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Project: Training on early identification and diagnosis of autism spectrum disorders in children: evaluation and continuing mentorship

Centre for Leadership in Child Development

Project: Training on early identification and diagnosis of autism spectrum disorders in children: evaluation and continuing mentorship


What was this study about?

This project evaluated a workshop designed to improve the autism spectrum disorder (ASD) diagnostic skills of general pediatricians. The workshop was designed to teach general pediatricians how:

  • to recognize ASD
  • to perform a diagnostic assessment
  • to bill effectively

It allowed them to practice communicating the diagnosis with actors playing parents, and gave them a list of necessary next steps after making the diagnosis. Twenty-four participants attended the workshop. Drs. Brian and Penner also made themselves available in the months after the workshop for ongoing mentorship.

What did we do?

We performed a web-based survey to ask participants about the impact the workshop had on their practice. We also asked them if we could contact them for an in-depth interview about whether the workshop changed their practice. Eight participants were interviewed. All interview transcripts were reviewed by the study team to determine whether the workshop achieved its objectives.

Impact for clients, families and clinical practice

This work has helped us to refine our efforts to encourage general pediatricians to diagnose ASD in their practices, as well as telling us about how we need to empower and equip them to do this work. By encouraging general pediatricians to diagnose ASD, we hope to increase diagnostic capacity throughout the system, which means less waiting time for all children awaiting an ASD diagnosis. This will help families to access necessary interventions when their children are at a younger age.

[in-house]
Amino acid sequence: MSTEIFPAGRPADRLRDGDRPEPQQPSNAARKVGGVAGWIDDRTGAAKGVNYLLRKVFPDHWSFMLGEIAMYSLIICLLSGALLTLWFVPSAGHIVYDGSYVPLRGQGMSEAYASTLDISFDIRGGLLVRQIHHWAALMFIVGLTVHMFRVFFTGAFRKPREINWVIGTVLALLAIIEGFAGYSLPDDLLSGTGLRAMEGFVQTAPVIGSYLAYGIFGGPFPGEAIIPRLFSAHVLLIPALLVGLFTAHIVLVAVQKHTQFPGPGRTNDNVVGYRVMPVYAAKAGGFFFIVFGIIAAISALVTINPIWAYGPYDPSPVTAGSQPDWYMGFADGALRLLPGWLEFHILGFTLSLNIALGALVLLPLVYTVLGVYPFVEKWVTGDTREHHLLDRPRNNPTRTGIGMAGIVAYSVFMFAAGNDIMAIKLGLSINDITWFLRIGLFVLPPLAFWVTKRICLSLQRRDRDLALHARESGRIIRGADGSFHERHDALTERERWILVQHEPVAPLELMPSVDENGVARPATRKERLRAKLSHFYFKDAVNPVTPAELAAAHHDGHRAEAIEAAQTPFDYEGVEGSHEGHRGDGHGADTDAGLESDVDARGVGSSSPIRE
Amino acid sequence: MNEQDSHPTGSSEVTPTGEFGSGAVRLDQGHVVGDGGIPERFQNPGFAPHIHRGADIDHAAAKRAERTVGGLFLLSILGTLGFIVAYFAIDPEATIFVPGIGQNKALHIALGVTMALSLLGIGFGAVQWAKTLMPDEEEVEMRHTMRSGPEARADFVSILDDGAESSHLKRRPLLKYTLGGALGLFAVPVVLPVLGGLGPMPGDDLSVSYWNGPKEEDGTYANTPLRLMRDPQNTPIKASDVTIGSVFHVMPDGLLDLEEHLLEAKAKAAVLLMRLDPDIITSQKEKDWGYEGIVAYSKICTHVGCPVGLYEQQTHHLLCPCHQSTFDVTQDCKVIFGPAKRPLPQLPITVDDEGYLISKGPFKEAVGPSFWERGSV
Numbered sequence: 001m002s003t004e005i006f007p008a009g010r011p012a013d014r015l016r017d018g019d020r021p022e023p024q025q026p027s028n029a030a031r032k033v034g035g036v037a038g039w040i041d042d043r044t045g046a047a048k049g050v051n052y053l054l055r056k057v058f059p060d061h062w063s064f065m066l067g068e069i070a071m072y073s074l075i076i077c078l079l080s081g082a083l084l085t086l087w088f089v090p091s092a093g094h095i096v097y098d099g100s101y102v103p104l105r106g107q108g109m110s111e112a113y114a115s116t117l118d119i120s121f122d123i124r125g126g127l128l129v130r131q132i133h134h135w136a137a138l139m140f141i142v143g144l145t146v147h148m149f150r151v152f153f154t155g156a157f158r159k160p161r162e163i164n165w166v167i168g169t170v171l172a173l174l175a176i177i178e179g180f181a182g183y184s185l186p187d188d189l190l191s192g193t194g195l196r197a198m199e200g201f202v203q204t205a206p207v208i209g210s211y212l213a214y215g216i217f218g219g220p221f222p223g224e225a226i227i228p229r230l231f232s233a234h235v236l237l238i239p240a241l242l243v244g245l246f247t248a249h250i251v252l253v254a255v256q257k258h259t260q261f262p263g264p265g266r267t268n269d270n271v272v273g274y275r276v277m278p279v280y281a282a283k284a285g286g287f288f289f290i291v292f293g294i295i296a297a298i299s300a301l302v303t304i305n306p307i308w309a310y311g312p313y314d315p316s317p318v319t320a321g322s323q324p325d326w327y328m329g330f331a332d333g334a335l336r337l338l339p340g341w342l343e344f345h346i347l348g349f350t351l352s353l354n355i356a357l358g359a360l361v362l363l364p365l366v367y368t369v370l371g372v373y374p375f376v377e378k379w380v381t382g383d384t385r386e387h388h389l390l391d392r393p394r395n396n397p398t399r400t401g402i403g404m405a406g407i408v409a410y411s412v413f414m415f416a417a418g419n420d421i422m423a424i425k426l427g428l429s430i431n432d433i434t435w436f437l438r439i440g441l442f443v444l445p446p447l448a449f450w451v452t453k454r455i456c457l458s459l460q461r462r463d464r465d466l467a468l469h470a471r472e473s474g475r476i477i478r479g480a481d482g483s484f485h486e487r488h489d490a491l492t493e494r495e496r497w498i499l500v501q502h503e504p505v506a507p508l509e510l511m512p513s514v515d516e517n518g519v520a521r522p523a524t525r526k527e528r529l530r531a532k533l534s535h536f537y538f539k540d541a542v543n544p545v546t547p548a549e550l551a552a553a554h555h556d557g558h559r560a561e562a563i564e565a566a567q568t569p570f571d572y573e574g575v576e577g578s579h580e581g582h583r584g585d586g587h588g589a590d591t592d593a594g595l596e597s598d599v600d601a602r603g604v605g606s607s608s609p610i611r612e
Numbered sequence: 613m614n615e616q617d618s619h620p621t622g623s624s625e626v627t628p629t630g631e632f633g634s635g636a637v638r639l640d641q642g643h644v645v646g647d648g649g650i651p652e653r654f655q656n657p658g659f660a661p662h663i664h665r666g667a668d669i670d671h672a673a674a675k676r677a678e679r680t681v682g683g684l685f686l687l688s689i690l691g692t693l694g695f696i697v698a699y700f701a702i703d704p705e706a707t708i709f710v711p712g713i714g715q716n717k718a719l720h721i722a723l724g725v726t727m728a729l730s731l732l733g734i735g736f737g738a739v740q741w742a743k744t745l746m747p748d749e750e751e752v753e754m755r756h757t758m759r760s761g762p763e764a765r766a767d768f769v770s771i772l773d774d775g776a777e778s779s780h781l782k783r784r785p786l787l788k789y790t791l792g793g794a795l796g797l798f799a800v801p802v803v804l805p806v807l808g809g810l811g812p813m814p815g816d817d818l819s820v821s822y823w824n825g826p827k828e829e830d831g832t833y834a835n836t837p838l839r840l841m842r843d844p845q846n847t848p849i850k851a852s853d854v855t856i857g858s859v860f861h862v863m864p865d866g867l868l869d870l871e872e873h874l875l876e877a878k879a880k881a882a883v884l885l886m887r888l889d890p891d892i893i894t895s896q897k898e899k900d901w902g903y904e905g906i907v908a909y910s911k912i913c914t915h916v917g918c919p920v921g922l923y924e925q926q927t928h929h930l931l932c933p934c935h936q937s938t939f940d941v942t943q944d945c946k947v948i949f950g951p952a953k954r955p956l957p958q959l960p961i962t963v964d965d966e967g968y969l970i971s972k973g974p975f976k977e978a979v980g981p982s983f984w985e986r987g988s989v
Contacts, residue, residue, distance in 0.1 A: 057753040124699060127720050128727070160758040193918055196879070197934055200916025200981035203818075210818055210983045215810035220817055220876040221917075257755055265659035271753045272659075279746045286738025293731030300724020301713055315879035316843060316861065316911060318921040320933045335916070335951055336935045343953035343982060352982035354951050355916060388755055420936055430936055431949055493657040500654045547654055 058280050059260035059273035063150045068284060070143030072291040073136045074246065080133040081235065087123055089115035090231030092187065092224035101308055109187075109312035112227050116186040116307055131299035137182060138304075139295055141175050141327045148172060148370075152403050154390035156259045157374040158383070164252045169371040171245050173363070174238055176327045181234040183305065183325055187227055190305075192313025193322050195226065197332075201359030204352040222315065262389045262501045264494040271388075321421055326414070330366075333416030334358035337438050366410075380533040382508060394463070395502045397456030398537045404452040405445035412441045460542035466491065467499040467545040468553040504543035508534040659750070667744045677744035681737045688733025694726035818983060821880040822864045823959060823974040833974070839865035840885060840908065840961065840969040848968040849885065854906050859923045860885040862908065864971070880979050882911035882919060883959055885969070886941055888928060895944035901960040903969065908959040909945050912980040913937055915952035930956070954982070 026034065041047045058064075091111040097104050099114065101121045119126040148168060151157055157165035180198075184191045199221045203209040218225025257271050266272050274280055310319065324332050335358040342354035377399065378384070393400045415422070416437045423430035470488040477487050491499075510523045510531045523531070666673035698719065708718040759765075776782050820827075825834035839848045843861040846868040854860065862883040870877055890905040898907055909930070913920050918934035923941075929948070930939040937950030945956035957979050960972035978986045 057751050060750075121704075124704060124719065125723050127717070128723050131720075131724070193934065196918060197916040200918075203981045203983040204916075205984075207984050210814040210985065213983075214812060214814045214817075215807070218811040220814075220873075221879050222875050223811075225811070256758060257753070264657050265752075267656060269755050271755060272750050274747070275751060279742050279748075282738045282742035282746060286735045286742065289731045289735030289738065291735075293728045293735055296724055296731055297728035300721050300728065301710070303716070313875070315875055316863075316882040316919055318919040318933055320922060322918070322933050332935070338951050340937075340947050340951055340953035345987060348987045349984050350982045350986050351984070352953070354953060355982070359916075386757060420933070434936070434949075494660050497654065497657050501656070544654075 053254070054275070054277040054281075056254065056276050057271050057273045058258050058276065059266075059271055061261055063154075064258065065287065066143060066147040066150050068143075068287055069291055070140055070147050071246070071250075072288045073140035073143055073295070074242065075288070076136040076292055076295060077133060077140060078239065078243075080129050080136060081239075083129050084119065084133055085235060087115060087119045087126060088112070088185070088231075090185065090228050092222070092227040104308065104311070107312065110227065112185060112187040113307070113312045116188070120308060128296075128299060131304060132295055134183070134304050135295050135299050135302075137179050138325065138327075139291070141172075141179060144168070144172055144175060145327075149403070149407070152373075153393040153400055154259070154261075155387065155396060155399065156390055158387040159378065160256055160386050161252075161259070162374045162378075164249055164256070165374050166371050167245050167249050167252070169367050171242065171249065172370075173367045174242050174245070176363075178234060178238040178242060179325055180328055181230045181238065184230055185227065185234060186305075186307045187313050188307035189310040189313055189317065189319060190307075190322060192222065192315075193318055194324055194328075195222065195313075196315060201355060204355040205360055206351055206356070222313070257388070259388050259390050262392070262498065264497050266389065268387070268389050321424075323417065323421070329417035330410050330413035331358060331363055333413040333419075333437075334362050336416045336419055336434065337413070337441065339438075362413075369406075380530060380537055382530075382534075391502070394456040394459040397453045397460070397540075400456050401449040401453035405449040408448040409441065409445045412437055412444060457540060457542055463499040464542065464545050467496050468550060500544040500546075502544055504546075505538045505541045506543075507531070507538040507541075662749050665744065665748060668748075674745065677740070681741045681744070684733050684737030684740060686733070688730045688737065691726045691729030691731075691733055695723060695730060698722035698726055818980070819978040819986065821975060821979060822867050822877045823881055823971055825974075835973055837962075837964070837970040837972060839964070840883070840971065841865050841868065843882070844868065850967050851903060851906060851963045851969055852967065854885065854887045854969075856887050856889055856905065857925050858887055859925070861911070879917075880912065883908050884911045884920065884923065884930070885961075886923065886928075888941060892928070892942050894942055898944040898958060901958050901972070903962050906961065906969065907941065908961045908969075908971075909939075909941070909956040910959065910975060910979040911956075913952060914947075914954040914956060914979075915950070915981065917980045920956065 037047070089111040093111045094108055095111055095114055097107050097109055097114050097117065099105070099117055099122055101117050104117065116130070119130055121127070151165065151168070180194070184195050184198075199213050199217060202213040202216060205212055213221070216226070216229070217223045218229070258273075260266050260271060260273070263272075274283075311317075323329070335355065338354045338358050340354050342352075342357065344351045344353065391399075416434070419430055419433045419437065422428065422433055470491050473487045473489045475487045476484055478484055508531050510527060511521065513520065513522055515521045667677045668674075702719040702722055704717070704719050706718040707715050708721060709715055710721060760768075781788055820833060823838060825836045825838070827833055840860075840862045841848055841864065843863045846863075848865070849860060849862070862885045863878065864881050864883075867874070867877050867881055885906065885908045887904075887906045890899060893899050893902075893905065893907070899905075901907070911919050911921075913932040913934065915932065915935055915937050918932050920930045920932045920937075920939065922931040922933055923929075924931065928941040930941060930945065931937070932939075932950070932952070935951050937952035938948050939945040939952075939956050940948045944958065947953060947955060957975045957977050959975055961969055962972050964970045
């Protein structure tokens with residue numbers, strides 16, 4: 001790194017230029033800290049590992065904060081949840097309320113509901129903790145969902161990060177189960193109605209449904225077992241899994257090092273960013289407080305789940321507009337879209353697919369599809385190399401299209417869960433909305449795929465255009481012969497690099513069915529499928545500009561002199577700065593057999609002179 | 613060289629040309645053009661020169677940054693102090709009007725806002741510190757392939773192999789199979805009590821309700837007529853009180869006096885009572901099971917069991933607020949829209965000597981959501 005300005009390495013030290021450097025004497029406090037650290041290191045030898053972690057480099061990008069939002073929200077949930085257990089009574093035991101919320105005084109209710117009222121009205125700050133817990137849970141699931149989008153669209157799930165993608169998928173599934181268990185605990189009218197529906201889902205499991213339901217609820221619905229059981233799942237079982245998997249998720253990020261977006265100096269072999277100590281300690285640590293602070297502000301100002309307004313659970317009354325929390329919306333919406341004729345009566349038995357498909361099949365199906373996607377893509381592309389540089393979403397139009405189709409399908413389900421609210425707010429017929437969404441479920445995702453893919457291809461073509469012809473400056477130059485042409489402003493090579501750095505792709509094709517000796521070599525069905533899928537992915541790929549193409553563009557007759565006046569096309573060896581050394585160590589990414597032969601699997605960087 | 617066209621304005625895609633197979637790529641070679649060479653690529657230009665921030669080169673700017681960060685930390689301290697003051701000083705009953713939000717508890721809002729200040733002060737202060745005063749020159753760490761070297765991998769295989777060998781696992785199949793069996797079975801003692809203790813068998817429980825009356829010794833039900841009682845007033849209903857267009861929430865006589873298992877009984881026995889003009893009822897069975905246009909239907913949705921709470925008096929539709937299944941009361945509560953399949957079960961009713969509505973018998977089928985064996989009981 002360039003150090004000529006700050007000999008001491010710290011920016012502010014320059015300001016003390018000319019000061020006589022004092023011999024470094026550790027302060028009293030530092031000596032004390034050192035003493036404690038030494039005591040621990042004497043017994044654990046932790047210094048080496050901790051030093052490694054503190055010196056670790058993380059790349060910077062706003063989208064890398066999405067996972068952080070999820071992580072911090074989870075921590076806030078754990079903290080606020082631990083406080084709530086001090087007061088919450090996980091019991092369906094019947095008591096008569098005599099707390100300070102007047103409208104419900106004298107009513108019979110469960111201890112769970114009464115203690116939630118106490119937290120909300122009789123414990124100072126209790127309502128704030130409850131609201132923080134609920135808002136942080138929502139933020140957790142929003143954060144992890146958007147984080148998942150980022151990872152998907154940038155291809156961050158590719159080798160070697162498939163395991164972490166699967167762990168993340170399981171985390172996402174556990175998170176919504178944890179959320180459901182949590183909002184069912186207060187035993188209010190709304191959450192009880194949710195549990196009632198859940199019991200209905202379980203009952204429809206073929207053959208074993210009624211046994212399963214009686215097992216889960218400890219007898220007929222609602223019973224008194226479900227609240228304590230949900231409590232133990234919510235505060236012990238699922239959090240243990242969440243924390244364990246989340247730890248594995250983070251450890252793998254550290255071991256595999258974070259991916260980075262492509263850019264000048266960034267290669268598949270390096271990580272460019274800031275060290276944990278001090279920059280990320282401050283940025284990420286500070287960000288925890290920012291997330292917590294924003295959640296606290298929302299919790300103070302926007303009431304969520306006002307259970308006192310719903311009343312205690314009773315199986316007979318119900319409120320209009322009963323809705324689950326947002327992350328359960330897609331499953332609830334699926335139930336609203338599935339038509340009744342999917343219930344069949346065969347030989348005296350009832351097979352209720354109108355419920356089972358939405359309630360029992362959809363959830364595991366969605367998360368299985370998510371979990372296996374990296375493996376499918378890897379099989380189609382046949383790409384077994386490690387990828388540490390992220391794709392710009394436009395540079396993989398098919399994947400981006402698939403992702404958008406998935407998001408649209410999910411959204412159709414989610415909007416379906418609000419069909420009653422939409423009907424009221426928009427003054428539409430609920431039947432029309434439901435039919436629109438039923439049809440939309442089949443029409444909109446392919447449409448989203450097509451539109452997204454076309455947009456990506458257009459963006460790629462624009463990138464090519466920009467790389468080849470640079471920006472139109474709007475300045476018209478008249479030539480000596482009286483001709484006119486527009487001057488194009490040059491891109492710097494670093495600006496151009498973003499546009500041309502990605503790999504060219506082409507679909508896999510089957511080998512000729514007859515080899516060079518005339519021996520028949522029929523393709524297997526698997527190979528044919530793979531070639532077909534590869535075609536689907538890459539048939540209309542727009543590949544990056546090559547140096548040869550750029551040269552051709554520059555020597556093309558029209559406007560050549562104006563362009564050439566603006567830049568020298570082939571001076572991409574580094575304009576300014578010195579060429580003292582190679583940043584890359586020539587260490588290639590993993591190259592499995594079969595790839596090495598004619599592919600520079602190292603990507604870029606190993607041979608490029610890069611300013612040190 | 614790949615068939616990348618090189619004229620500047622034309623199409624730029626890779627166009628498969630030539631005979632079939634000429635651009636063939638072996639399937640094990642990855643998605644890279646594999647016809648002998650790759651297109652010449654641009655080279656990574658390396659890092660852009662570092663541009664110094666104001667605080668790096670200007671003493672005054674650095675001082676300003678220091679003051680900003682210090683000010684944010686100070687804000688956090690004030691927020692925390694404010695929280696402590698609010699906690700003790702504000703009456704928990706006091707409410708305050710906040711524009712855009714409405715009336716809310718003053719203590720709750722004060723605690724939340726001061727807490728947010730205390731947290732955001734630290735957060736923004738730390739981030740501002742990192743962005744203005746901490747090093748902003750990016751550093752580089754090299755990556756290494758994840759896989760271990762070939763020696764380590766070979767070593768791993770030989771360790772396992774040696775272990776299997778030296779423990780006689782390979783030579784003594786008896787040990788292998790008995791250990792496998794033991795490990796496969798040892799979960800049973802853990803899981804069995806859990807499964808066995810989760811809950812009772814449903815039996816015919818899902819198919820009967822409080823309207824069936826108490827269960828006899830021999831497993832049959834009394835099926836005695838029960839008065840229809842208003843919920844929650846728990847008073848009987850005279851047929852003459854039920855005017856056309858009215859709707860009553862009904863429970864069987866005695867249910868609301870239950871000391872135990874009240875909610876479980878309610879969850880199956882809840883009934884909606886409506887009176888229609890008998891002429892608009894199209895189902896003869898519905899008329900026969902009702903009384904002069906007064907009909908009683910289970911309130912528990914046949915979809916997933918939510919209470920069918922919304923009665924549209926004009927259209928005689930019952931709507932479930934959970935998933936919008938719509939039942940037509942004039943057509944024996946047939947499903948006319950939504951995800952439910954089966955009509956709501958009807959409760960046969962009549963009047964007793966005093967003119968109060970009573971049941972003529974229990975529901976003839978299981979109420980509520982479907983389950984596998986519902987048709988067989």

What did we learn?

The in-depth interviews told us that participants fell into three categories: 1) Participants who were already diagnosing ASD in their practices (5 of the 8 participants interviewed); 2) Participants who started diagnosing ASD as a result of attending the workshop (2 of the 8 participants interviewed); and 3) Participant who continued not diagnosing ASD after the workshop (1 of the 8 participants interviewed).

  • Many participants already diagnosed ASD prior to coming to the workshop. Of these, many described value in attending the workshop; it made them feel more confident, let them know that their peers were also diagnosing ASD, gave them approval from experts for their practice, and allowed them access to experts.
  • Two participants started performing ASD assessments after attending the workshop. These participants described a change of perspective about whether ASD diagnosis was something they could do. They felt empowered to be able to help families access resources faster. They found that the tools presented were helpful in making ASD diagnosis a “reasonable” part of their practice.
  • One participant did not perform ASD diagnoses before or after the workshop. This participant still did not feel comfortable saying that a child had ASD.

Overall, we learned that for general paediatricians to start doing ASD diagnoses in their practices, they need to feel that this change is reasonable and supported by both peers and experts. Attitudes toward ASD play a big role, and broader education targeting general paediatricians is needed about necessary elements for diagnosis.

Next steps

  1. Liaise with regional developmental subspecialists to discuss local attitudes of this group toward general paediatrician diagnosis, ensuring that there is local “expert approval.”
  2. Investigate educational opportunities directed toward a broader audience to introduce general paediatricians to the idea that ASD diagnosis can be in their scope of practice.
  3. Use the information we have obtained to help us plan another offering of the workshop.
  4. Investigate innovated media platforms to provide ongoing mentorship that is secure and easily accessible.